After 44 years the Moncton Coliseum is preparing to close its doors as the QMJHL’s Moncton Wildcats move into a brand new 8,500-seat Downtown Event Centre to start the 2018-19 season.
The Cats are treating their fans to an exciting final season at the Coliseum, rebounding from a last place finish a year ago to lead the Maritimes Division heading into the weekend with a 13-7-2-0 record.
Rookie sensation Jakob Pelletier has turned heads, leading all QMJHL 16-year-old rookies with 20 points (5-15–20) in his first 17 games of the season.
Tonight’s series finale presents Moncton fans with one last Canada-Russia clash at the Coliseum as the event returns to New Brunswick’s largest city for the first time since 2005 when Guillaume Latendresse (Drummondville Voltigeurs) scored twice in a 6-4 QMJHL win.
Wildcats head coach Darren Rumble will be on the bench alongside Team QMJHL bench boss Dominique Ducharme (Drummondville Voltigeurs) while Wildcats leading scorer Mika Cyr returns to the forward ranks.
It’s a bittersweet time for those who have been taking in games at the Coliseum since it opened its doors back in November 1973. Memories abound from a number of different hockey eras in the city of Moncton.
“We were just teenagers when the Moncton Beavers won the Hardy Cup, which was the Top Intermediate ‘A’ Championship in the country at that time,” recalled Wildcats radio play-by-play voice Marty Kingston, a long-time broadcaster and public address announcer inside the facility. “The Beavers beat a team from Thompson, Manitoba that year. A few years later in 1979 the Moncton Hawks won the championship again, defeating a team from Quesnel, BC.”
The American Hockey League arrived in Moncton in 1978 and a number of different NHL teams including the Toronto Maple Leafs, Chicago Blackhawks, Calgary Flames, Boston Bruins and Winnipeg Jets would affiliate with the New Brunswick Hawks, Moncton Alpines and Moncton Golden Flames in the 10 years that followed.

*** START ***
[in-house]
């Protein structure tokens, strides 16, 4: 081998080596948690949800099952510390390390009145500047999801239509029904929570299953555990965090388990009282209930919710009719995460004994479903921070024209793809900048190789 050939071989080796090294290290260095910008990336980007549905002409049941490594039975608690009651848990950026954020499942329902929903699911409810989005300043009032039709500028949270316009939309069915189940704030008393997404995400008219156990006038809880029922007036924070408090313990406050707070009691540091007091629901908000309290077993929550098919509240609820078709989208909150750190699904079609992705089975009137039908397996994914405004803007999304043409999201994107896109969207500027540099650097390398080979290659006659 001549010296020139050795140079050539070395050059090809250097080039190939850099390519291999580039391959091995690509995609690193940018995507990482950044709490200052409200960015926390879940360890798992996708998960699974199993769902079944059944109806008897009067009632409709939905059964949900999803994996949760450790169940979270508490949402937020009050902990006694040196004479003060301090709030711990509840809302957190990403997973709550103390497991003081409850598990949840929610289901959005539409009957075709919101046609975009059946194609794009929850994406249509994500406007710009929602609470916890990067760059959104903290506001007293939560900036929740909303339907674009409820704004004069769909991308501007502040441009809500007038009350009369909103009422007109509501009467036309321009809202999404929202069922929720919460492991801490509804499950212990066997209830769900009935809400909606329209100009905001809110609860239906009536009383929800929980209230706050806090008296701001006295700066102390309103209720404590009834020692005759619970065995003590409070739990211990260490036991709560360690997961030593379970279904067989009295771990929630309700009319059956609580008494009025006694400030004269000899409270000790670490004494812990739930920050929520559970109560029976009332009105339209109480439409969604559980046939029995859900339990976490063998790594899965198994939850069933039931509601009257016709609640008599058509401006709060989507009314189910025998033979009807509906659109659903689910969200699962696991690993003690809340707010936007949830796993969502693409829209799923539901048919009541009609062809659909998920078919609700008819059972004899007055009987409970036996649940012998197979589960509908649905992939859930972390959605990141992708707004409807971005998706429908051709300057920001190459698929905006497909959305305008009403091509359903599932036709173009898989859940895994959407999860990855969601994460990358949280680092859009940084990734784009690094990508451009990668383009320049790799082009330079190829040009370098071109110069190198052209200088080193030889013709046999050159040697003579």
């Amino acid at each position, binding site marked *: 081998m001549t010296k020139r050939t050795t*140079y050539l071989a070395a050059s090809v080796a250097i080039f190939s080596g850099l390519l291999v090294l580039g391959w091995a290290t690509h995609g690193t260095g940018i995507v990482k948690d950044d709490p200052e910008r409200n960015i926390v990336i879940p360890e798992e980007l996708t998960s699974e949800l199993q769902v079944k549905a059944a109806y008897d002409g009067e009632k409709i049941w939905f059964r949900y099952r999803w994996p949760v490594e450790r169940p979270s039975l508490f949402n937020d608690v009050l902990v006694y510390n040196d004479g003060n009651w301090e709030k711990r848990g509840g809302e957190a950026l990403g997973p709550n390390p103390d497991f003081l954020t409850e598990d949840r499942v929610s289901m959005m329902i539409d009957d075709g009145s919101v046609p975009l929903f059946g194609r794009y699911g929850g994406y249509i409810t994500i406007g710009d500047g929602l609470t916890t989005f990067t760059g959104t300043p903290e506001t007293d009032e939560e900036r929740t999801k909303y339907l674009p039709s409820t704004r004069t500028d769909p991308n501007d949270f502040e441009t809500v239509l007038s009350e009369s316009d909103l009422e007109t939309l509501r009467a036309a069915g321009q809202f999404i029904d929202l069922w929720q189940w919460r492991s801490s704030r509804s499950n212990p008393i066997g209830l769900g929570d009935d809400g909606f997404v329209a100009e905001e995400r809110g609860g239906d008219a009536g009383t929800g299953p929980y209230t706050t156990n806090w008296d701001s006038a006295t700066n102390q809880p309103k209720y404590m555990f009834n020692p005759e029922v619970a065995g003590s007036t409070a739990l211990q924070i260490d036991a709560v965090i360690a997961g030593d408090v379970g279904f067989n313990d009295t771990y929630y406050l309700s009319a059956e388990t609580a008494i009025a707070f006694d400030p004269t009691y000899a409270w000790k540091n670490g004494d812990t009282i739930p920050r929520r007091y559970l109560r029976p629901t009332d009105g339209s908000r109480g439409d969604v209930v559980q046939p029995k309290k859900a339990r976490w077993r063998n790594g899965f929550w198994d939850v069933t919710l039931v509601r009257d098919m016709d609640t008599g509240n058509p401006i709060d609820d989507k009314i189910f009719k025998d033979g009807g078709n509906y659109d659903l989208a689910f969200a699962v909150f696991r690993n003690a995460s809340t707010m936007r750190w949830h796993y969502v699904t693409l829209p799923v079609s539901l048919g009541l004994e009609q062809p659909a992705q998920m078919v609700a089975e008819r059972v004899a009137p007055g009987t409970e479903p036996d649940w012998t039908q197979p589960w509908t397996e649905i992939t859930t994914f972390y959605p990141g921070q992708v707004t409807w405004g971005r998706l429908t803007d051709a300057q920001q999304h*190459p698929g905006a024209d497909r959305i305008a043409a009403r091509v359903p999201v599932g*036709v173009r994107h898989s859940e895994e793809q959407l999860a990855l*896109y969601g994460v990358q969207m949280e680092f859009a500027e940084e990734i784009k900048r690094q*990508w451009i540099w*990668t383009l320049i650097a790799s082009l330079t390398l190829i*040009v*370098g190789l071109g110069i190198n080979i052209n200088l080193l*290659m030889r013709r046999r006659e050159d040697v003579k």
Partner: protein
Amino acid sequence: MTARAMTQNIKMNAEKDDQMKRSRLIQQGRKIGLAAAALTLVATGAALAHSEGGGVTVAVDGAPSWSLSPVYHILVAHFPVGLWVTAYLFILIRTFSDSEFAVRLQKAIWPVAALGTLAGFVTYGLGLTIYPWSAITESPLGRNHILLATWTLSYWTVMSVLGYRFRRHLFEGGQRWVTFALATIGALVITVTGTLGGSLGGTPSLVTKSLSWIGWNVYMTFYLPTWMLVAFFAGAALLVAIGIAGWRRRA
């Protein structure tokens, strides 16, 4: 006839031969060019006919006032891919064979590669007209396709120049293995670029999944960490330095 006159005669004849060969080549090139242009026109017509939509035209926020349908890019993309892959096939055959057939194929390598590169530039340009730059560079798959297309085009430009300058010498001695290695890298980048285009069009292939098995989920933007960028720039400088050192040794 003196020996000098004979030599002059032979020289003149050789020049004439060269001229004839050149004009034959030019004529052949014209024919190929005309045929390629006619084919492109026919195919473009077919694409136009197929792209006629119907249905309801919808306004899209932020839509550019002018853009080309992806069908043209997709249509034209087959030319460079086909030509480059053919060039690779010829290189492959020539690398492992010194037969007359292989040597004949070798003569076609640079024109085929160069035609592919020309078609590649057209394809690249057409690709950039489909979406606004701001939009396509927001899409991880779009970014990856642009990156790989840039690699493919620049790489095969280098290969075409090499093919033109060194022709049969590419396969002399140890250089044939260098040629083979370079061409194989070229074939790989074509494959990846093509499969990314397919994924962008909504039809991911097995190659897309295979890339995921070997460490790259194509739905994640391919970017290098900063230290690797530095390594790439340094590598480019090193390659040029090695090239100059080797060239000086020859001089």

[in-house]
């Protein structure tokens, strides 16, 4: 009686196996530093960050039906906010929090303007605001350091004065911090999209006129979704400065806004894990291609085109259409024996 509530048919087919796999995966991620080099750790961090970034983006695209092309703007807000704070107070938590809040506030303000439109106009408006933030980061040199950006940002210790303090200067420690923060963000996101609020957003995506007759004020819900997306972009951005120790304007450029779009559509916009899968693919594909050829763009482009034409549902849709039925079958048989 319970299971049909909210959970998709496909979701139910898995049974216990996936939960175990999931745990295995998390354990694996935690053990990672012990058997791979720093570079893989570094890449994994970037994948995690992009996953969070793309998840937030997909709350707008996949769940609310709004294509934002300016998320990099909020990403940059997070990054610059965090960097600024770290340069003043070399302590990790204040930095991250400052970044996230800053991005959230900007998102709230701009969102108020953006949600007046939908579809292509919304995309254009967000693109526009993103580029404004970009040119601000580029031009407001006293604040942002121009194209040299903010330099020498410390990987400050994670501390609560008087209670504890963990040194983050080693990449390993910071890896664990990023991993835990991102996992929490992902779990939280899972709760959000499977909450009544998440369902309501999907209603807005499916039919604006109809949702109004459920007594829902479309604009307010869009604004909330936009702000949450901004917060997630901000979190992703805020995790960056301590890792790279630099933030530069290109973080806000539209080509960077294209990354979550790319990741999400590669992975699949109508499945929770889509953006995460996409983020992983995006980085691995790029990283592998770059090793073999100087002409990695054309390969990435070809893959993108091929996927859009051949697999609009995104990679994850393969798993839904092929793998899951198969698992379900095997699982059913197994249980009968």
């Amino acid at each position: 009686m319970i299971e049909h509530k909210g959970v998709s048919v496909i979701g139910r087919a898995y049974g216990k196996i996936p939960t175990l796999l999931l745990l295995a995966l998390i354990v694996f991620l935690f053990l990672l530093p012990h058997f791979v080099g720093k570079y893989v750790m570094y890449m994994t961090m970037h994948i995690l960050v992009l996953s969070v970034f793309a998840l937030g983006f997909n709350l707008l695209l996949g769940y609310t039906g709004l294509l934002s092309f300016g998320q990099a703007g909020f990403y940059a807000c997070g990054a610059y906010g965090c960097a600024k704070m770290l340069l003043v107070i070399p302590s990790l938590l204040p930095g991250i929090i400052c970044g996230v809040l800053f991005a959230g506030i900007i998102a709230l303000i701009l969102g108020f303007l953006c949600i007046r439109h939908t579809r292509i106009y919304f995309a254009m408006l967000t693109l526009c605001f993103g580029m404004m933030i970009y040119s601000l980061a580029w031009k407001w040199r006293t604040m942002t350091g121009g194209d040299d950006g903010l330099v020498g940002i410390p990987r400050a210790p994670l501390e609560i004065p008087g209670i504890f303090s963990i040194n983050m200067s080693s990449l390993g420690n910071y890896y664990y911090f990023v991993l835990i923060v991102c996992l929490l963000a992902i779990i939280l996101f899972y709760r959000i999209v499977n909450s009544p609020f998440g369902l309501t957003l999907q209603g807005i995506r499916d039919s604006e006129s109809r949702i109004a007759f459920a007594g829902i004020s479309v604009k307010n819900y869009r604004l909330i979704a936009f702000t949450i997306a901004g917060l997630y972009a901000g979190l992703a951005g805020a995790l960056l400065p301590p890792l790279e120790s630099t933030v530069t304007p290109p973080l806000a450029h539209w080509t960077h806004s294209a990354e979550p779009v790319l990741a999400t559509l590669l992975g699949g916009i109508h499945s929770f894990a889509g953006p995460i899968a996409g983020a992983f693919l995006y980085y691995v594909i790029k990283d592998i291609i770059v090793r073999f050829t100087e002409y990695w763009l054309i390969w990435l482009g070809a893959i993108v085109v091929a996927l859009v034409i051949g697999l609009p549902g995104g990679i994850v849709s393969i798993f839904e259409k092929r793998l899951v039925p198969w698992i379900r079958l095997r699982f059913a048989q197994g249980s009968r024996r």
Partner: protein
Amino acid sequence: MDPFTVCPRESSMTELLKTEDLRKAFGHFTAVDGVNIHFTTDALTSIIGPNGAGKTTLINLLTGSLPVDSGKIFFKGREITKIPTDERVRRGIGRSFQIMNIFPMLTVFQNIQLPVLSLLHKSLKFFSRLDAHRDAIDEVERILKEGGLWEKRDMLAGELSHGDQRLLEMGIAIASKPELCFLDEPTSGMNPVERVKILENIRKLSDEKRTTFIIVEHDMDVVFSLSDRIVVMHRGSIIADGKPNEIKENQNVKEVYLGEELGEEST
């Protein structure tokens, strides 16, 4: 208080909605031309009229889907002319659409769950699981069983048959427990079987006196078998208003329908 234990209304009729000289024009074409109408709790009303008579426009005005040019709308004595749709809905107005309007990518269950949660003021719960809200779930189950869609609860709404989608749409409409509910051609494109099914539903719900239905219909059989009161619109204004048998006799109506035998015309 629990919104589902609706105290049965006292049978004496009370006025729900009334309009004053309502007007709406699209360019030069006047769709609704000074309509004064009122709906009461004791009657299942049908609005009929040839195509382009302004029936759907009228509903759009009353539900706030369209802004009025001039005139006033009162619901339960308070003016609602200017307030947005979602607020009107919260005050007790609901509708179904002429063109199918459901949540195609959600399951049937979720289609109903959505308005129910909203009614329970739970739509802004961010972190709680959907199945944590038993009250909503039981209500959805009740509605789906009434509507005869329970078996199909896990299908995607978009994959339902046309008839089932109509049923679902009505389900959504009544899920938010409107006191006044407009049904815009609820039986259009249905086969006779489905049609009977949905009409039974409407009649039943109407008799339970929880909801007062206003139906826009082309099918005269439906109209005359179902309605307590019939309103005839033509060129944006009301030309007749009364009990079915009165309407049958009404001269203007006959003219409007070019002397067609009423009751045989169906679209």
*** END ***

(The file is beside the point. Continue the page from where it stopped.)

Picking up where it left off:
“I have great memories of the 1982 Calder Cup Championship team that defeated the Binghamton Whalers,” Kingston continued. “A few future NHLers in Steve Larmer, Steve Ludzik and Dave Farrish were important parts of that group.”
Among the greatest players to ever wear a Moncton uniform, Hockey Hall of Fame inductee Brett Hull scored 50 goals with the Moncton Golden Flames during the 1986-87 season. He went on to light the lamp 741 times over parts of 20 NHL seasons.
Of course, some of the best memories at the Coliseum have come during the Wildcats era that began when Robert Irving bought the franchise in 1996. Each of the club’s two President Cup titles have been won inside the building.
The first came in 2006 under head coach Ted Nolan, the same year Moncton hosted the 2006 Mastercard Memorial Cup. Wildcats assistant coach Joshua Hepditch was part of the 2006 team, one that would ultimately come up short against Alexander Radulov and the Quebec Remparts in the Mastercard Memorial Cup Final.
Four years later the Cats hoisted the President Cup at the Coliseum once again, this time prevailing against the interprovincial rival Saint John Sea Dogs under head coach Danny Flynn.
“No question, this building has housed some tremendous hockey games, several that I’ve had the privilege to be a part of,” said Kingston.
“While it’s always tough to make the transition, I think people are going to be very impressed with the new facility,” he added. “I had the chance to take a tour just recently and was really excited by what I got to see.”
Similar to last year’s hard fought series, the Canadian Hockey League carries a 9-6 lead (points) into Game 6, meaning a QMJHL win or overtime loss would capture a CHL series victory.
Team QMJHL looks to send the Coliseum off with a CIBC Canada Russia Series triumph tonight when the puck drops at 7:00pm ET/4:00pm PT on Sportsnet East, Ontario and Pacific.